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Culture, Reality

HEART OF RAGE | PART II

by Samora Chapman and Robyn Perros / Images by Russell Grant and Samora Chapman / 19.12.2014

THE FURTHER ADVENTURES OF SKATMAN AND ROBIN

ROBIN
I re-connect with Samora and we make our way inside the jol, after the Mahala Ed has a squabble with the bouncers and they force him to delete some photos off his camera. At over R1 000 a pop, the rage passports are magic documents we don’t have.

Inside the club, smoke machines hiss at our feet as we venture through the swamp of sex-drives and sweaty bronze flesh. The puny DJ drops the beat and fist pumps fly like bullets through a battlefield of green lazers and dubstep explosions. It’s world war fucking III… death by fist pump!

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I seek refuge in the bathroom. A girl with pink feathers springing from her hair is leaning up against a stall. “They’re hair-extensions,” she confesses; plastering her thin lips in pink lip-gloss that matches her pink eye-shadow.

Melanie’s a high school dropout and is finishing her beauty school training in Durban. She’s “too old” for Rage she boasts, but needs to keep an eye on her boyfriend who had just matriculated. She lists her beautician skills loudly, giving the bathroom a verbal makeover: “Acrylic nails, manicures, pedicures, waxing, eye-lash tinting, facials!” she announces, pursing her little rubber lips that now look glued to her face.

SKATMAN
I can’t get anywhere. I’m swimming through bodies. Every step I take, a group of party people grab me and plead for a photo. The posers are joyful, the smiles liberated, the eyes blurry sparkles. Free. Fucked. Who’m I kidding, I do the same thing every weekend – celebrating victories or tryna wash away the pain.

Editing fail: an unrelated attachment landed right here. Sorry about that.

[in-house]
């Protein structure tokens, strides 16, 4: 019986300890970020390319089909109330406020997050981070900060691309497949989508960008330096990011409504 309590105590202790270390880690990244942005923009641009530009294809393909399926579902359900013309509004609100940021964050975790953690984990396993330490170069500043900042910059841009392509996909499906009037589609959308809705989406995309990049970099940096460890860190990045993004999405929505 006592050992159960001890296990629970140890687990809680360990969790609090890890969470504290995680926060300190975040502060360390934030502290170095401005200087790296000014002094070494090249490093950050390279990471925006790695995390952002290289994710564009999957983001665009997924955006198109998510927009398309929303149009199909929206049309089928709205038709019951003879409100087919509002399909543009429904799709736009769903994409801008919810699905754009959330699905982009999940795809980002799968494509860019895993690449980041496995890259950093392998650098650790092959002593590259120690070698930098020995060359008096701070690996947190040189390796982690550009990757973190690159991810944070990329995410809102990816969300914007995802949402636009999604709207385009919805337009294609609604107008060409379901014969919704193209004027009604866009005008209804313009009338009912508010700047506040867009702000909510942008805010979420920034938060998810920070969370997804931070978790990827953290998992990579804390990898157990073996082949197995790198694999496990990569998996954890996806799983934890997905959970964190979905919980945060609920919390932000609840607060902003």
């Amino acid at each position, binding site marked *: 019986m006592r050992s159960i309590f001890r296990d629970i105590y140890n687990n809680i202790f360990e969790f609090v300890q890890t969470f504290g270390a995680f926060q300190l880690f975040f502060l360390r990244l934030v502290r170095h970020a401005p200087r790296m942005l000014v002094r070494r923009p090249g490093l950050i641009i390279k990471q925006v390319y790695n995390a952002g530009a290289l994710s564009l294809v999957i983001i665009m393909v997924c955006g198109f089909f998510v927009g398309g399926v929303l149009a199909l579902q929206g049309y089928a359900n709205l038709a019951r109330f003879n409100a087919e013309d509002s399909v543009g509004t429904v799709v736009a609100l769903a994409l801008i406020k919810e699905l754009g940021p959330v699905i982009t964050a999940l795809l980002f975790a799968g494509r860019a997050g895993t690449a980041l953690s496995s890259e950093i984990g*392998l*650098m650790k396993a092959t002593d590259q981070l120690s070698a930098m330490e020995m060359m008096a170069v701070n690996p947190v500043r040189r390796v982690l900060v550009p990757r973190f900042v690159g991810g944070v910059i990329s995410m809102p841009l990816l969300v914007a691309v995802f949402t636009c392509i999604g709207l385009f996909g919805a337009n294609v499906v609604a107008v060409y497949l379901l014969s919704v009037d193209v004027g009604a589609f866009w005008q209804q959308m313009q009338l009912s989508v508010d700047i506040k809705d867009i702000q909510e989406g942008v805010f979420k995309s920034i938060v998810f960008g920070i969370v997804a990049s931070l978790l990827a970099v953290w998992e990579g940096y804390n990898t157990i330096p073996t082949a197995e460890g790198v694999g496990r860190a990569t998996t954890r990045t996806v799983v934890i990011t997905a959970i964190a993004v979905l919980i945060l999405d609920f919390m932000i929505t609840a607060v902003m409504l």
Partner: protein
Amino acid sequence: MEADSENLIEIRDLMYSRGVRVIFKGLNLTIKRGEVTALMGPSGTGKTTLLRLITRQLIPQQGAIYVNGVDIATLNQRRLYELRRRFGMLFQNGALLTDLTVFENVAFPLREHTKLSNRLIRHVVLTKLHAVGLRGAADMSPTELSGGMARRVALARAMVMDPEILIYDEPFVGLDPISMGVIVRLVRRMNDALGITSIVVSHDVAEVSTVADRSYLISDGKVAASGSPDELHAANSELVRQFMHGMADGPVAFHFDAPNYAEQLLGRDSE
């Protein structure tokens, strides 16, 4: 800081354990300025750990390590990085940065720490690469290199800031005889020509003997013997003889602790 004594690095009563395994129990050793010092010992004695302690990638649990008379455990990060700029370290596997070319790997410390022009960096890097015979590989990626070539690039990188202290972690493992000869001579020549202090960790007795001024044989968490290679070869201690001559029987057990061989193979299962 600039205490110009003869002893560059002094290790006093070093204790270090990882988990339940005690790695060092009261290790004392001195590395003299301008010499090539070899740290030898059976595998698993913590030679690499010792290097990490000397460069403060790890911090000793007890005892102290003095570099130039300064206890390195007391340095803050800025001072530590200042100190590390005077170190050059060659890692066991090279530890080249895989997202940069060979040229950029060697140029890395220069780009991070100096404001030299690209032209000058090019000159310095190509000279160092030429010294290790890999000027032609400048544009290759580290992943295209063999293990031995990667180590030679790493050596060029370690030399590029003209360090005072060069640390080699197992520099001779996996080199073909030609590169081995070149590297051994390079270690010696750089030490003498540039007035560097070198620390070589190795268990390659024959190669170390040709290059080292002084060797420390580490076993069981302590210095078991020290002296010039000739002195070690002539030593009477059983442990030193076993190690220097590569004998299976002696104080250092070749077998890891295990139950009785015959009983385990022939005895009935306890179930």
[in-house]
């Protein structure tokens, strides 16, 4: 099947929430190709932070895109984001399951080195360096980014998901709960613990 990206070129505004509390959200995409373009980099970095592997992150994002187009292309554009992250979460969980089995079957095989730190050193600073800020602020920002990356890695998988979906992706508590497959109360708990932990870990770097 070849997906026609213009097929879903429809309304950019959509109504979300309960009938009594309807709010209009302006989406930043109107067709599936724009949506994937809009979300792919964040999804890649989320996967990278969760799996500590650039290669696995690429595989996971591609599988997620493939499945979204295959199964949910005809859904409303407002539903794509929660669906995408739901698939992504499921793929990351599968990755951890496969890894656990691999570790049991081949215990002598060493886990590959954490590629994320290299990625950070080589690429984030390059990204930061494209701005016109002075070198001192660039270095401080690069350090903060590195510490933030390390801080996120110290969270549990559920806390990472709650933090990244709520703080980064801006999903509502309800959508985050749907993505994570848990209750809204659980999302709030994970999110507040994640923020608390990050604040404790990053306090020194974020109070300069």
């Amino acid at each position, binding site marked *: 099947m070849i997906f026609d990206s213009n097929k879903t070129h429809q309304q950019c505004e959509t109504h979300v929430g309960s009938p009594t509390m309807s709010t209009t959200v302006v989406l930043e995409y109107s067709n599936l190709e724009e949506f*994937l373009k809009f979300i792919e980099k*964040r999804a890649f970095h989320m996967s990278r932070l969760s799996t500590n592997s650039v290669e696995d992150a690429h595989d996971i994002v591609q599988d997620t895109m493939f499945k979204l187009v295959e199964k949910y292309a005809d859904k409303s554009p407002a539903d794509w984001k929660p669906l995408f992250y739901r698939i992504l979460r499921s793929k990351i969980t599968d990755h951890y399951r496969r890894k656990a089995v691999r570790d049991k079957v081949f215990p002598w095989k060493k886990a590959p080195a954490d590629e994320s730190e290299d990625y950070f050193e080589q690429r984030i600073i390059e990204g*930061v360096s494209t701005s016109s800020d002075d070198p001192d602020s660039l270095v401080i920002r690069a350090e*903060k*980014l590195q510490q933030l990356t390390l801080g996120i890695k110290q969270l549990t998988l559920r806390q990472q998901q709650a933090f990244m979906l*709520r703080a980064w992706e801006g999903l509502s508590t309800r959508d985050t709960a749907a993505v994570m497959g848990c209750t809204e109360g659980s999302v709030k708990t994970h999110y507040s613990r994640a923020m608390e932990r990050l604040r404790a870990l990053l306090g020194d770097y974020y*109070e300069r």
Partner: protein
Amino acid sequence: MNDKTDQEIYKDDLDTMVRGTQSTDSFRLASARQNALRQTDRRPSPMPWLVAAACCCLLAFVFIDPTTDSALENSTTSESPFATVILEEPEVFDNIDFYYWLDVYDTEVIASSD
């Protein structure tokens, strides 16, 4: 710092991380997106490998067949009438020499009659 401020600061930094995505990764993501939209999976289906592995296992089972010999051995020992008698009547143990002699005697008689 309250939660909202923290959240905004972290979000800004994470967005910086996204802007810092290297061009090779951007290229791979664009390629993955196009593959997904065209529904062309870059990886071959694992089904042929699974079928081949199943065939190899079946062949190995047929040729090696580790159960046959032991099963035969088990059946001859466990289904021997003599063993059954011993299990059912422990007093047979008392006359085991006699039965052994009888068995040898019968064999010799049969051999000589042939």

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I’m by the pool table talking to a tubby dude with sweaty curls and a teddy bear face. His eyes are glazed as he sways. “I need to go home bru. I can’t take it anymore,” he says. “I thought I would have done better. But I’ve only slept eight hours in four days. Take me home!”

ROBIN
I’m snared at the pool table by a dude in tracksuit pants and a flat peak. It was bound to happen. He grips me by the shoulders and shouts in my face: “You are so fucking high!” I nod, even though I’m so fucking sober. “You should get really drunk as well, I promise you it’s sooo nice,” he slurs, rubbing his newly sprouted stubble against my cheek. He reeks of Jagermeister and a festering steak n’ kidney pie, I don’t know how much longer I can hold my breath.

I thank him for the worst advice ever and ask him where he’s from.

He clutches his groin, throws his head back and yells: “JO’BUUURG!” then barks three times like a ferocious dog on crack.

Represent brother, represent.

I hustle into the next game of pool. My assigned pool partner is a shy Pretoria boy capable of holding a conversation for more than two minutes AND not spitting in my eyes.

“I never do this,” Stephan tells me while we sit on the couch getting our asses whupped at pool. “I feel very insecure. I don’t do this sort of thing back home. It’s crazy here!”

He shakes his head at the crowds screaming along to a dubstep remix of ‘Low’ by T-Pain… “apple bottom jeans!” We slink back into the couch in unison, exhausted and bored.